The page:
on workplace sharesave schemes

I think it’s fair to say saver’s have struggled with the historically low interest rates the UK has had for over 8 years now. For borrowers – mortgages and personal loans have seen very advantageous rates and deals but for saver’s… not so much.

From easy access savings accounts, ISA’s, NS&I bonds and stock market investing, there are plenty of places people can stash their cash to try and grow their net worth. But with the historically low interest rates come the historically terrible savings rates which can translate to savings not even beating inflation anymore. And many people do not trust stock market investing (you should! It’s not scary! See our investment strategy for how two ordinary people make it work!), so all in all, it leads to a pretty bleak outlook for our savings pots.

There is however, another place people could look to for savings. However, this option isn’t open to everyone (unfortunately). What I’m talking about are workplace ShareSave schemes.

what are sharesave schemes?

You can look to the Money Advice Service’s handy guide on the topic but in a nutshell ShareSave (Save As You Earn – SAYE) schemes are either 3 or 5 years long and the employee can save up to £500 a month, every month for the length of the scheme. At the end of the scheme a tax free bonus is added to your pot and you then have the option to take the amount you saved + the bonus as cash or to use that amount to buy shares in the company.

Benefits of ShareSave schemes

  • You’re saving! OK, stating the obvious but ShareSave schemes are a really great way to automate your savings. The amount automatically comes out of your wages each month without you even thinking about it.
  • Tax advantages: You pay no tax on the bonus so long as you pay into the scheme for the full amount of time. And if you choose to buy shares at the scheme’s end, you do not pay Income Tax of NI on the profit you’ve made.
  • Opportunity to get a better return on your savings than other savings vehicles on the market.
  • The share price you purchase shares at once the scheme ends is set out clearly at the beginning of the scheme. Therefore, if the company does well in the intervening 3-5 years, you would be in the advantageous position of buying shares cheaply.   


  • The option to buy shares in a company is obviously a big decision and comes with risk as your shares are then liable to market fluctuations, meaning you can makes losses as well as gains.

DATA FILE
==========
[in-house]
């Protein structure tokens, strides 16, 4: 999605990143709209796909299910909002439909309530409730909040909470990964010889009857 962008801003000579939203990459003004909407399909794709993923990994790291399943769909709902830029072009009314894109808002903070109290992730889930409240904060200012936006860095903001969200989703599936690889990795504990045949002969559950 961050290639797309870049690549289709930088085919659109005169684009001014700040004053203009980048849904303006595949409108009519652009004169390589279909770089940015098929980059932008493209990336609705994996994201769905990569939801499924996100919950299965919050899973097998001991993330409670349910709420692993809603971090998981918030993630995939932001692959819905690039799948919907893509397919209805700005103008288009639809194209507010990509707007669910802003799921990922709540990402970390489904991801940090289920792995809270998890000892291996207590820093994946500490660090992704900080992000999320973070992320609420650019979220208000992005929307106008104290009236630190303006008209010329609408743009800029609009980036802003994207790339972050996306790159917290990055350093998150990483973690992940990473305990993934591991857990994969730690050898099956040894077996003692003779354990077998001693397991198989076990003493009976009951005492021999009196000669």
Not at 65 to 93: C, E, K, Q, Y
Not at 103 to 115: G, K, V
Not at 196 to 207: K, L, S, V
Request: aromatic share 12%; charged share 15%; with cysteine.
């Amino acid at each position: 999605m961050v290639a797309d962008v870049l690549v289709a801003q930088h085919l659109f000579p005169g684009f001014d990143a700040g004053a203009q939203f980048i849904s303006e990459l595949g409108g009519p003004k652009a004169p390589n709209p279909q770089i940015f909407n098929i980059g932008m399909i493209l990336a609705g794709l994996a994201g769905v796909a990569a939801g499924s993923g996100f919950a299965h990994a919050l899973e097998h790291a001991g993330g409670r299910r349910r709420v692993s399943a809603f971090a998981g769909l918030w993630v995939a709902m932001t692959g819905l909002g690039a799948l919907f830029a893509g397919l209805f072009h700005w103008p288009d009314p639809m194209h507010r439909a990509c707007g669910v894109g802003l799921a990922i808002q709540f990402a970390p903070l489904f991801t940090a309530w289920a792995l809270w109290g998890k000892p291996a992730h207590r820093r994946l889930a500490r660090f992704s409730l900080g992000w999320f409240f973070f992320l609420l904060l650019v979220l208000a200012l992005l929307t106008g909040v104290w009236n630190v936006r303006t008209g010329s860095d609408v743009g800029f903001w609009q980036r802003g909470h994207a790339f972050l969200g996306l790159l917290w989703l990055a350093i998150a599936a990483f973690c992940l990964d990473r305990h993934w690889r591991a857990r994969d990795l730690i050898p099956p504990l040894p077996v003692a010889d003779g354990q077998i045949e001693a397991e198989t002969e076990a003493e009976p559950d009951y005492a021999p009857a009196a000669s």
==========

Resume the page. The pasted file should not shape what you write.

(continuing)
• If you decided to opt to turn your savings in company shares but soon after decided you weren’t comfortable investing in the stock market and wanted to sell the shares, you could be liable to Capital Gains Tax (if capital gain is over the annual exempt amount for the tax year. You can circumnavigate this by putting the money into an ISA or pension).

our own experience

My own experience of a workplace ShareSave scheme has been a positive one, even though I’ll admit, I had no idea what they were until Mr. NC started at a new job in 2010.

With barely any savings to our name, we saw this as an opportunity to slowly begin to grow our net worth – and with our ISA interest rates plummeting, the ShareSave scheme was like music to our ears! He contributed £250 a month for 3 years and bought shares at the end of the term – 6,427 shares to be exact.

We saved £9,000 into the scheme and had a £25 bonus added to our total saved. So, we converted £9,025 into shares (6,427) which had an indicative value of £14,929.92. So, looking at it we made almost £6,000 on our £9,025 savings – obviously much better than an ISA!

Workplace ShareSave schemes may not be available at every workplace but where they are, I think they can be considered as a viable addition to other saving vehicles you may already have. I think the option to take the money out at the end without converting to shares is great if you become uncomfortable with this option at any point during the scheme. There are also other workplace schemes such as Share Incentive Plans (SIPs) and Workplace ISAs, so it’s worth checking out what your employer offers in terms savings options, as it could just give you a better return than the High Street.


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